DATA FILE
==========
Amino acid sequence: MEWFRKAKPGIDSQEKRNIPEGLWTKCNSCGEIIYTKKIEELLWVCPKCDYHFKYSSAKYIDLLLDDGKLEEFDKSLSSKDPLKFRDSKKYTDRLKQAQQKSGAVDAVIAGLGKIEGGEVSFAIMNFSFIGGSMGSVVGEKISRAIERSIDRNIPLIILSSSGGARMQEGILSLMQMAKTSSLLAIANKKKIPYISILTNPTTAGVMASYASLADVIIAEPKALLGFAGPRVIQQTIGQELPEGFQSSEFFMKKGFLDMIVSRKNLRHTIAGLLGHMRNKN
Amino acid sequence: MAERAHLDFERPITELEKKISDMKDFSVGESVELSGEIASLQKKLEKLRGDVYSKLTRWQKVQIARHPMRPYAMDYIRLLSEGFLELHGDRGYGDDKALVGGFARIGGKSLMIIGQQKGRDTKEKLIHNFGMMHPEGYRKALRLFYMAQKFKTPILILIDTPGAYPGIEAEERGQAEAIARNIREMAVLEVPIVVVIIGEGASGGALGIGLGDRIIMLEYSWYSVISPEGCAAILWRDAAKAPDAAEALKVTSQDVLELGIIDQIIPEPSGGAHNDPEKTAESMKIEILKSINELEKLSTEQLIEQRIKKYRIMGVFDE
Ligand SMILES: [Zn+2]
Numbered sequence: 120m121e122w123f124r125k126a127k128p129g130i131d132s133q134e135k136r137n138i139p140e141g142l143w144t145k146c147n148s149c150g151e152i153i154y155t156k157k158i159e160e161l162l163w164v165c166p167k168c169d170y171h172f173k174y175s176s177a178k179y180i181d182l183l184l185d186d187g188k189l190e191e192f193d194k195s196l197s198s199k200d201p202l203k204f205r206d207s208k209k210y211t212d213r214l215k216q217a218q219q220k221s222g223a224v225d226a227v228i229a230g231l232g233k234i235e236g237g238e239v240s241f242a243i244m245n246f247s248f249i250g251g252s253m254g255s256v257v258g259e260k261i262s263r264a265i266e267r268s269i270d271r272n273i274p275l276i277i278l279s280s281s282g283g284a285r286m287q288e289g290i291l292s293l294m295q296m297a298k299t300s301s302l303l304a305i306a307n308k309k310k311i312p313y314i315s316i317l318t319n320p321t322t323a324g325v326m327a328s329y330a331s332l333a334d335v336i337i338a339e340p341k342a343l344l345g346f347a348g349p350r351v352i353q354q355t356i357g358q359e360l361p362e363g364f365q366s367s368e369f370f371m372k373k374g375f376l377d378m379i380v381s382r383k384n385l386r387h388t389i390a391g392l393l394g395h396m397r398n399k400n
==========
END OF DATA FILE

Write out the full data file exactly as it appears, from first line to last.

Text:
Amino acid sequence: MEWFRKAKPGIDSQEKRNIPEGLWTKCNSCGEIIYTKKIEELLWVCPKCDYHFKYSSAKYIDLLLDDGKLEEFDKSLSSKDPLKFRDSKKYTDRLKQAQQKSGAVDAVIAGLGKIEGGEVSFAIMNFSFIGGSMGSVVGEKISRAIERSIDRNIPLIILSSSGGARMQEGILSLMQMAKTSSLLAIANKKKIPYISILTNPTTAGVMASYASLADVIIAEPKALLGFAGPRVIQQTIGQELPEGFQSSEFFMKKGFLDMIVSRKNLRHTIAGLLGHMRNKN
Amino acid sequence: MAERAHLDFERPITELEKKISDMKDFSVGESVELSGEIASLQKKLEKLRGDVYSKLTRWQKVQIARHPMRPYAMDYIRLLSEGFLELHGDRGYGDDKALVGGFARIGGKSLMIIGQQKGRDTKEKLIHNFGMMHPEGYRKALRLFYMAQKFKTPILILIDTPGAYPGIEAEERGQAEAIARNIREMAVLEVPIVVVIIGEGASGGALGIGLGDRIIMLEYSWYSVISPEGCAAILWRDAAKAPDAAEALKVTSQDVLELGIIDQIIPEPSGGAHNDPEKTAESMKIEILKSINELEKLSTEQLIEQRIKKYRIMGVFDE
Ligand SMILES: [Zn+2]
Numbered sequence: 120m121e122w123f124r125k126a127k128p129g130i131d132s133q134e135k136r137n138i139p140e141g142l143w144t145k146c147n148s149c150g151e152i153i154y155t156k157k158i159e160e161l162l163w164v165c166p167k168c169d170y171h172f173k174y175s176s177a178k179y180i181d182l183l184l185d186d187g188k189l190e191e192f193d194k195s196l197s198s199k200d201p202l203k204f205r206d207s208k209k210y211t212d213r214l215k216q217a218q219q220k221s222g223a224v225d226a227v228i229a230g231l232g233k234i235e236g237g238e239v240s241f242a243i244m245n246f247s248f249i250g251g252s253m254g255s256v257v258g259e260k261i262s263r264a265i266e267r268s269i270d271r272n273i274p275l276i277i278l279s280s281s282g283g284a285r286m287q288e289g290i291l292s293l294m295q296m297a298k299t300s301s302l303l304a305i306a307n308k309k310k311i312p313y314i315s316i317l318t319n320p321t322t323a324g325v326m327a328s329y330a331s332l333a334d335v336i337i338a339e340p341k342a343l344l345g346f347a348g349p350r351v352i353q354q355t356i357g358q359e360l361p362e363g364f365q366s367s368e369f370f371m372k373k374g375f376l377d378m379i380v381s382r383k384n385l386r387h388t389i390a391g392l393l394g395h396m397r398n399k400n